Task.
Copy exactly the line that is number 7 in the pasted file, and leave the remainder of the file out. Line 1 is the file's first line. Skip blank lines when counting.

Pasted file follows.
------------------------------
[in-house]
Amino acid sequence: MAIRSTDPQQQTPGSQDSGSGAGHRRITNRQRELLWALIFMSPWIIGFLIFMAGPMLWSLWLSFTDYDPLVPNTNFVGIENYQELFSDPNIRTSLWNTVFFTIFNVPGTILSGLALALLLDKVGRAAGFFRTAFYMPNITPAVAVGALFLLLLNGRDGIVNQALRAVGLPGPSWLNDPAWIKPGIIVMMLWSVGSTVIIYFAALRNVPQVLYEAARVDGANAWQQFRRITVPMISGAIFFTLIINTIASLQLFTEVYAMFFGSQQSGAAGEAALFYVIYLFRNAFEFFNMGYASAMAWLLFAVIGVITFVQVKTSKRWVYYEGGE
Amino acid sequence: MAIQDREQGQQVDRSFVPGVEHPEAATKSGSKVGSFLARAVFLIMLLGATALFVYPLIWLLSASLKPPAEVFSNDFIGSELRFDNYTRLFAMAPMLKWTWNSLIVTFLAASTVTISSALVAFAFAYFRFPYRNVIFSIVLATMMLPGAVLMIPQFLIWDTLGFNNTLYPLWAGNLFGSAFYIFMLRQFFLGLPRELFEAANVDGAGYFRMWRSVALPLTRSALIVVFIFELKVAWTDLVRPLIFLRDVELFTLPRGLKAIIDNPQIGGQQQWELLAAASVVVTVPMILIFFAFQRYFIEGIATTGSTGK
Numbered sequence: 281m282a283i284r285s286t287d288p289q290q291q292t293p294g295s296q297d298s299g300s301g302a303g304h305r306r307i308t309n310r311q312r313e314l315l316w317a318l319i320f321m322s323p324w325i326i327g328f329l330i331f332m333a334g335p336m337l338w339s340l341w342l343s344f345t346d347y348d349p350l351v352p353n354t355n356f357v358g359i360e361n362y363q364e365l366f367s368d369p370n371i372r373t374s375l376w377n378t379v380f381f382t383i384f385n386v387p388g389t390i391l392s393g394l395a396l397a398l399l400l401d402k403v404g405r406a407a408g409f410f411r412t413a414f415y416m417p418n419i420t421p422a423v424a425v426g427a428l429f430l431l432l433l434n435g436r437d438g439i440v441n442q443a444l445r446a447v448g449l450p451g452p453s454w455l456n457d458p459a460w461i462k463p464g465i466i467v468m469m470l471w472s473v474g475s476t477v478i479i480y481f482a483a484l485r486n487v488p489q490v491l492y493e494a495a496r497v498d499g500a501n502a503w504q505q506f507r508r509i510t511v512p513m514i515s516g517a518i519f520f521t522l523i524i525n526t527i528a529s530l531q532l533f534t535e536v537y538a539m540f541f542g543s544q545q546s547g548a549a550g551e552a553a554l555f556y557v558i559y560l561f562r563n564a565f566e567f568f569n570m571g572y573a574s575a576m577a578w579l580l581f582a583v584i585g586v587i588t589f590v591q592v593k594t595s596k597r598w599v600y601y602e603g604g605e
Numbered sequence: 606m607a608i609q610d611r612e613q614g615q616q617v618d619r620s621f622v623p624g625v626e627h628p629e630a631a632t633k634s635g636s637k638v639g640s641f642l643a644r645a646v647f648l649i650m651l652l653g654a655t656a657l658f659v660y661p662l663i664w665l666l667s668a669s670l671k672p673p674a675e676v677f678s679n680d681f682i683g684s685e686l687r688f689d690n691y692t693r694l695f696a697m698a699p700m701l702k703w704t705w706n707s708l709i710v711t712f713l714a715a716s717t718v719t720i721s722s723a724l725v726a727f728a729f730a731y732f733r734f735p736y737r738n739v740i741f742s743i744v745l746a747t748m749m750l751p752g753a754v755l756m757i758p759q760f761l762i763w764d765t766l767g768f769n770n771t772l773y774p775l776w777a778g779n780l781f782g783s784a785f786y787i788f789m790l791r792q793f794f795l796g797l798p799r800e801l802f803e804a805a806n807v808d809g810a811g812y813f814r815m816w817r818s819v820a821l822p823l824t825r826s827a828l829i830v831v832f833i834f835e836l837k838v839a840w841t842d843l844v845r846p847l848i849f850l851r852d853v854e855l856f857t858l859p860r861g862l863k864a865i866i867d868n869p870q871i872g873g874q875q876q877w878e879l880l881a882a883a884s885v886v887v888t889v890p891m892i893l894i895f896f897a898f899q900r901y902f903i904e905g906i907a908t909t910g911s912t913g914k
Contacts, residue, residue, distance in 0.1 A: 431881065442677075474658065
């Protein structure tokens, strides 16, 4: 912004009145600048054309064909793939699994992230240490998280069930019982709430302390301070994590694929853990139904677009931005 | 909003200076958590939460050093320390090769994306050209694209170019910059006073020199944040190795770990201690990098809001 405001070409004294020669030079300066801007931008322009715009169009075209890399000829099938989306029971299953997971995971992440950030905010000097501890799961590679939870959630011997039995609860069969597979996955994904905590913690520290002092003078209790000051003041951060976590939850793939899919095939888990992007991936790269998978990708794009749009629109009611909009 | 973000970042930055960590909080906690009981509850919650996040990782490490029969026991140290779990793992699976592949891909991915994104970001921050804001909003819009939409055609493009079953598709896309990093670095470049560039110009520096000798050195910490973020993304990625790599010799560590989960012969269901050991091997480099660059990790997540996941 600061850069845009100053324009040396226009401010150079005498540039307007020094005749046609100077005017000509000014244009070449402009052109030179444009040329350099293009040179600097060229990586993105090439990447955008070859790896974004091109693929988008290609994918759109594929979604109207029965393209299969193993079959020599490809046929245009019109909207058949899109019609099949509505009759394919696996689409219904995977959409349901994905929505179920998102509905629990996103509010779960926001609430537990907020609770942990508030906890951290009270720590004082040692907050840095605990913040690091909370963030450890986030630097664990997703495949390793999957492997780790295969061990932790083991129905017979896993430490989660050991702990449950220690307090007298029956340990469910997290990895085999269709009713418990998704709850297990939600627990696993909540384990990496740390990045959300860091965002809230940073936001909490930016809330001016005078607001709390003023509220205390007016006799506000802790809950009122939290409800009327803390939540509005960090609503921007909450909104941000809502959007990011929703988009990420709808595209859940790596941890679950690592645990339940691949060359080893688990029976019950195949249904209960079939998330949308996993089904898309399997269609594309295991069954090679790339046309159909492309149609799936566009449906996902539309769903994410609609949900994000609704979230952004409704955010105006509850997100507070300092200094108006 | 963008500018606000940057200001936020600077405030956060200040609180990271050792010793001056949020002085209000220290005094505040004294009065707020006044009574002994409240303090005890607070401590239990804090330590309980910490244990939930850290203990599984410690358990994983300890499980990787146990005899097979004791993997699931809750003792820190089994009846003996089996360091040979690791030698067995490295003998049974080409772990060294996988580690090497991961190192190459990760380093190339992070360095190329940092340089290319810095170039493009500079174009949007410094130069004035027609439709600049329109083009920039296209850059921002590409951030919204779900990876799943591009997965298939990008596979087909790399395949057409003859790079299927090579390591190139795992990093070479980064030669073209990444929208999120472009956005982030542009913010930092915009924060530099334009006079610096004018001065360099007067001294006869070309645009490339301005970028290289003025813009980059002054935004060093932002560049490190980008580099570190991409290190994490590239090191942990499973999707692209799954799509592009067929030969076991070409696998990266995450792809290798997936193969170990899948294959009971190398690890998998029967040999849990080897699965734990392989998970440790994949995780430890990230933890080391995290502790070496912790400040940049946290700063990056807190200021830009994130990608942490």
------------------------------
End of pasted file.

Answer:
């Protein structure tokens, strides 16, 4: 912004009145600048054309064909793939699994992230240490998280069930019982709430302390301070994590694929853990139904677009931005 | 909003200076958590939460050093320390090769994306050209694209170019910059006073020199944040190795770990201690990098809001 405001070409004294020669030079300066801007931008322009715009169009075209890399000829099938989306029971299953997971995971992440950030905010000097501890799961590679939870959630011997039995609860069969597979996955994904905590913690520290002092003078209790000051003041951060976590939850793939899919095939888990992007991936790269998978990708794009749009629109009611909009 | 973000970042930055960590909080906690009981509850919650996040990782490490029969026991140290779990793992699976592949891909991915994104970001921050804001909003819009939409055609493009079953598709896309990093670095470049560039110009520096000798050195910490973020993304990625790599010799560590989960012969269901050991091997480099660059990790997540996941 600061850069845009100053324009040396226009401010150079005498540039307007020094005749046609100077005017000509000014244009070449402009052109030179444009040329350099293009040179600097060229990586993105090439990447955008070859790896974004091109693929988008290609994918759109594929979604109207029965393209299969193993079959020599490809046929245009019109909207058949899109019609099949509505009759394919696996689409219904995977959409349901994905929505179920998102509905629990996103509010779960926001609430537990907020609770942990508030906890951290009270720590004082040692907050840095605990913040690091909370963030450890986030630097664990997703495949390793999957492997780790295969061990932790083991129905017979896993430490989660050991702990449950220690307090007298029956340990469910997290990895085999269709009713418990998704709850297990939600627990696993909540384990990496740390990045959300860091965002809230940073936001909490930016809330001016005078607001709390003023509220205390007016006799506000802790809950009122939290409800009327803390939540509005960090609503921007909450909104941000809502959007990011929703988009990420709808595209859940790596941890679950690592645990339940691949060359080893688990029976019950195949249904209960079939998330949308996993089904898309399997269609594309295991069954090679790339046309159909492309149609799936566009449906996902539309769903994410609609949900994000609704979230952004409704955010105006509850997100507070300092200094108006 | 963008500018606000940057200001936020600077405030956060200040609180990271050792010793001056949020002085209000220290005094505040004294009065707020006044009574002994409240303090005890607070401590239990804090330590309980910490244990939930850290203990599984410690358990994983300890499980990787146990005899097979004791993997699931809750003792820190089994009846003996089996360091040979690791030698067995490295003998049974080409772990060294996988580690090497991961190192190459990760380093190339992070360095190329940092340089290319810095170039493009500079174009949007410094130069004035027609439709600049329109083009920039296209850059921002590409951030919204779900990876799943591009997965298939990008596979087909790399395949057409003859790079299927090579390591190139795992990093070479980064030669073209990444929208999120472009956005982030542009913010930092915009924060530099334009006079610096004018001065360099007067001294006869070309645009490339301005970028290289003025813009980059002054935004060093932002560049490190980008580099570190991409290190994490590239090191942990499973999707692209799954799509592009067929030969076991070409696998990266995450792809290798997936193969170990899948294959009971190398690890998998029967040999849990080897699965734990392989998970440790994949995780430890990230933890080391995290502790070496912790400040940049946290700063990056807190200021830009994130990608942490």